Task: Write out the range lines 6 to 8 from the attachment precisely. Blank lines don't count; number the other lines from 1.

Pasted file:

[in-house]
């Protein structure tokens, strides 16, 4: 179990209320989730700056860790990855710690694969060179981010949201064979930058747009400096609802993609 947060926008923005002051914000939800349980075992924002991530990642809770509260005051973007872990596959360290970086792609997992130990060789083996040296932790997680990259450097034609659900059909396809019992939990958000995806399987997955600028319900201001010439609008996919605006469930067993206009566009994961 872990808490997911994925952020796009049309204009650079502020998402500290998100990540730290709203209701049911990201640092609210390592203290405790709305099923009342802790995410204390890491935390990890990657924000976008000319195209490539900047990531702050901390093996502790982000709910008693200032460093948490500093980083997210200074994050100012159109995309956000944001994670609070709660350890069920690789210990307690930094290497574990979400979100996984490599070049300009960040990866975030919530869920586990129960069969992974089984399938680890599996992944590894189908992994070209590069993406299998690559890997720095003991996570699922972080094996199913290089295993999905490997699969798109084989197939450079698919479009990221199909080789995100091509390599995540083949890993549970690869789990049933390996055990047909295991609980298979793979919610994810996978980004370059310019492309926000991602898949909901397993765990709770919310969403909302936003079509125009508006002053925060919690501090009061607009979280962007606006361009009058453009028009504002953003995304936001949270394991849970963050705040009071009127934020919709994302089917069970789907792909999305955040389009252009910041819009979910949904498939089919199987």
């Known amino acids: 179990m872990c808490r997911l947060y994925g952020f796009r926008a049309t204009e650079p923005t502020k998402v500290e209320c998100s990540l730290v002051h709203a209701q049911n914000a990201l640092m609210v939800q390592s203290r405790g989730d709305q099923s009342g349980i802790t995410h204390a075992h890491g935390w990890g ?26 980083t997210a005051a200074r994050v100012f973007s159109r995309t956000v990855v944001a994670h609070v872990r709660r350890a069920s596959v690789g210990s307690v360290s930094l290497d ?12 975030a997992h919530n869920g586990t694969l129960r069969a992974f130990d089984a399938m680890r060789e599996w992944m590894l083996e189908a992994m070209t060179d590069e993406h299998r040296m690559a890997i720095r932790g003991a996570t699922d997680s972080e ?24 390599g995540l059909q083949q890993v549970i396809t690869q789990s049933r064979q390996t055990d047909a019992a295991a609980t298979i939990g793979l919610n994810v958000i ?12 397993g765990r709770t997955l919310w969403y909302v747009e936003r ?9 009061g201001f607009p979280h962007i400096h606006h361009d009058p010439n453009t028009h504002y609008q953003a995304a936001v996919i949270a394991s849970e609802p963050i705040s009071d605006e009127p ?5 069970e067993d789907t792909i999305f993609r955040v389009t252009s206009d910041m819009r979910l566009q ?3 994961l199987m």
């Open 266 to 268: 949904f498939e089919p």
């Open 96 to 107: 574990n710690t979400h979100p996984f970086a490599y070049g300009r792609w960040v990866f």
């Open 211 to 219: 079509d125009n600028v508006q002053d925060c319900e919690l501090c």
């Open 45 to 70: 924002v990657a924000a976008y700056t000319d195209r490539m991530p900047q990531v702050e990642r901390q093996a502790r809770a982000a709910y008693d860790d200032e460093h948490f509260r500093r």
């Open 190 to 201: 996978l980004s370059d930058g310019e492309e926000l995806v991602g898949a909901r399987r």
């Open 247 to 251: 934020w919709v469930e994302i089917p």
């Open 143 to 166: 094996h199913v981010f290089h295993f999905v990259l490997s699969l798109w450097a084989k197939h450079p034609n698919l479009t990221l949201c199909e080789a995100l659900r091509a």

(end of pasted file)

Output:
């Open 211 to 219: 079509d125009n600028v508006q002053d925060c319900e919690l501090c």
């Open 45 to 70: 924002v990657a924000a976008y700056t000319d195209r490539m991530p900047q990531v702050e990642r901390q093996a502790r809770a982000a709910y008693d860790d200032e460093h948490f509260r500093r």
């Open 190 to 201: 996978l980004s370059d930058g310019e492309e926000l995806v991602g898949a909901r399987r």